Doronin K, Shashkova EV, May SM, Hofherr SE, Barry MA. Chemical modification with high molecular weight polyethylene glycol reduces transduction of hepatocytes and increases efficacy of intravenously delivered oncolytic adenovirus. Hum Gene Ther. 2009;20:975–88.
Roulstone V, Khan K, Pandha HS, Rudman S, Coffey M, Gill GM, et al. Phase I trial of cyclophosphamide as an immune modulator for optimizing oncolytic reovirus delivery to solid tumors. Clin Cancer Res. 2015;21:1305–12.
Di Y, Seymour L, Fisher K. Activity of a group B oncolytic adenovirus (ColoAd1) in whole human blood. Gene Ther. 2014;21:440–3.
Vogels R, Zuijdgeest D, van Rijnsoever R, Hartkoorn E, Damen I, de Bethune MP, et al. Replication-deficient human adenovirus type 35 vectors for gene transfer and vaccination: efficient human cell infection and bypass of preexisting adenovirus immunity. J Virol. 2003;77:8263–71.
Holterman L, Vogels R, van der Vlugt R, Sieuwerts M, Grimbergen J, Kaspers J, et al. Novel replication-incompetent vector derived from adenovirus type 11 (Ad11) for vaccination and gene therapy: low seroprevalence and non-cross-reactivity with Ad5. J Virol. 2004;78:13207–15.
Naito Y, Saito K, Shiiba K, Ohuchi A, Saigenji K, Nagura H, Ohtani H. CD8+ T cells infiltrated within cancer cell nests as a prognostic factor in human colorectal cancer. Cancer Res. 1998;58:3491–4.
Oken MM, Creech RH, Tormey DC, Horton J, Davis TE, McFadden ET, et al. Toxicity and response criteria of the eastern cooperative oncology group. Am J Clin Oncol. 1982;5:649–55.
Knipe DM, Howley PM. Fields Virology. 6th ed. Philadelphia: Lippincott Williams and Wilkins; 2013.
De Smedt L, Lemahieu J, Palmans S, Govaere O, Tousseyn T, Van Cutsem E, et al. Microsatellite instable vs stable colon carcinomas: analysis of tumour heterogeneity, inflammation and angiogenesis. Br J Cancer. 2015;113:500–9.
Donnadieu E, Bismuth G, Trautmann A. Antigen recognition by helper T cells elicits a sequence of distinct changes of their shape and intracellular calcium. Curr Biol. 1994;4:584–95.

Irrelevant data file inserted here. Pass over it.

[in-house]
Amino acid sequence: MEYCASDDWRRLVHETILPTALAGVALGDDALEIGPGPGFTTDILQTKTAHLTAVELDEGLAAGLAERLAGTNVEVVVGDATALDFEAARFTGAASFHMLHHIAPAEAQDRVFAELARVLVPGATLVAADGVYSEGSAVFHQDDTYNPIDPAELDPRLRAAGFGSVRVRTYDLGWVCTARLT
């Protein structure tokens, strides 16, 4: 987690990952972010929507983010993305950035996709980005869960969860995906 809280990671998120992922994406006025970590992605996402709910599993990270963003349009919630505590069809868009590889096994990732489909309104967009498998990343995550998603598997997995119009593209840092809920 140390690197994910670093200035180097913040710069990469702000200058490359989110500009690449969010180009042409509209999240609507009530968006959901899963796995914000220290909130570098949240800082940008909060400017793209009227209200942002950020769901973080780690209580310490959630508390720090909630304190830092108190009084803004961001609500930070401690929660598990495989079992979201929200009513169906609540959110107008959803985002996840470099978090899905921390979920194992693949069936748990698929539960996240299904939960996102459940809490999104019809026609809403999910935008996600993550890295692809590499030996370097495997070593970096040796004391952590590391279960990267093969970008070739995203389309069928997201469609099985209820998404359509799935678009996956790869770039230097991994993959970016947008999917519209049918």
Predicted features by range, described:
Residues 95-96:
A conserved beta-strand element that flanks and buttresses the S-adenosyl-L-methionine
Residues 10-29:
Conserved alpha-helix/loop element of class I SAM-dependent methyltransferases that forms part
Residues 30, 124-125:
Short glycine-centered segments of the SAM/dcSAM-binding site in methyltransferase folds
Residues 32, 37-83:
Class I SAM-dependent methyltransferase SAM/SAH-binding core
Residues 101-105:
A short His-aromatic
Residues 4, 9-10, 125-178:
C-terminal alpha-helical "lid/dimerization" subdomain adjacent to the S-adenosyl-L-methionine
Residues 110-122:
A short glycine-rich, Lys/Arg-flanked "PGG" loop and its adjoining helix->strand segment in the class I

Pierce RH, Campbell JS, Pai SI, Brody JD, Kohrt HE. In-situ tumor vaccination: bringing the fight to the tumor. Hum Vaccin Immunother. 2015;11:1901–9.
Darrasse-Jeze G, Podsypanina K. How numbers, nature, and immune status of foxp3(+) regulatory T-cells shape the early immunological events in tumor development. Front Immunol. 2013;4:292.
Calvo E, Gil-Martin M, Machiels J, Rottey S, Cubillo A, Salazar R, et al. A phase I study of enadenotucirev, an oncolytic Ad11/Ad3 chimeric group B adenovirus, administered intravenously in patients with metastatic epithelial tumours. Chicago: Presented at the Annual Meeting of the American Society of Clinical Oncology (ASCO); 2014.
Small EJ, Carducci MA, Burke JM, Rodriguez R, Fong L, van Ummersen L, et al. A phase I trial of intravenous CG7870, a replication-selective, prostate-specific antigen-targeted oncolytic adenovirus, for the treatment of hormone-refractory, metastatic prostate cancer. Mol Ther. 2006;14:107–17.
Comins C, Spicer J, Protheroe A, Roulstone V, Twigger K, White CM, et al. REO-10: a phase I study of intravenous reovirus and docetaxel in patients with advanced cancer. Clin Cancer Res. 2010;16:5564–72.
Galanis E, Markovic SN, Suman VJ, Nuovo GJ, Vile RG, Kottke TJ, et al. Phase II trial of intravenous administration of Reolysin(®) (Reovirus serotype-3-dearing strain) in patients with metastatic melanoma. Mol Ther. 2012;20:1998–2003.
Heo J, Reid T, Ruo L, Breitbach CJ, Rose S, Bloomston M, et al. Randomized dose-finding clinical trial of oncolytic immunotherapeutic vaccinia JX-594 in liver cancer. Nat Med. 2013;19:329–36.
Vidal L, Pandha HS, Yap TA, White CL, Twigger K, Vile RG, et al. A phase I study of intravenous oncolytic reovirus type 3 Dearing in patients with advanced cancer. Clin Cancer Res. 2008;14:7127–37.
Yan PS, Venkataramu C, Ibrahim A, Liu JC, Shen RZ, Diaz NM, et al. Mapping geographic zones of cancer risk with epigenetic biomarkers in normal breast tissue. Clin Cancer Res. 2006;12:6626–36.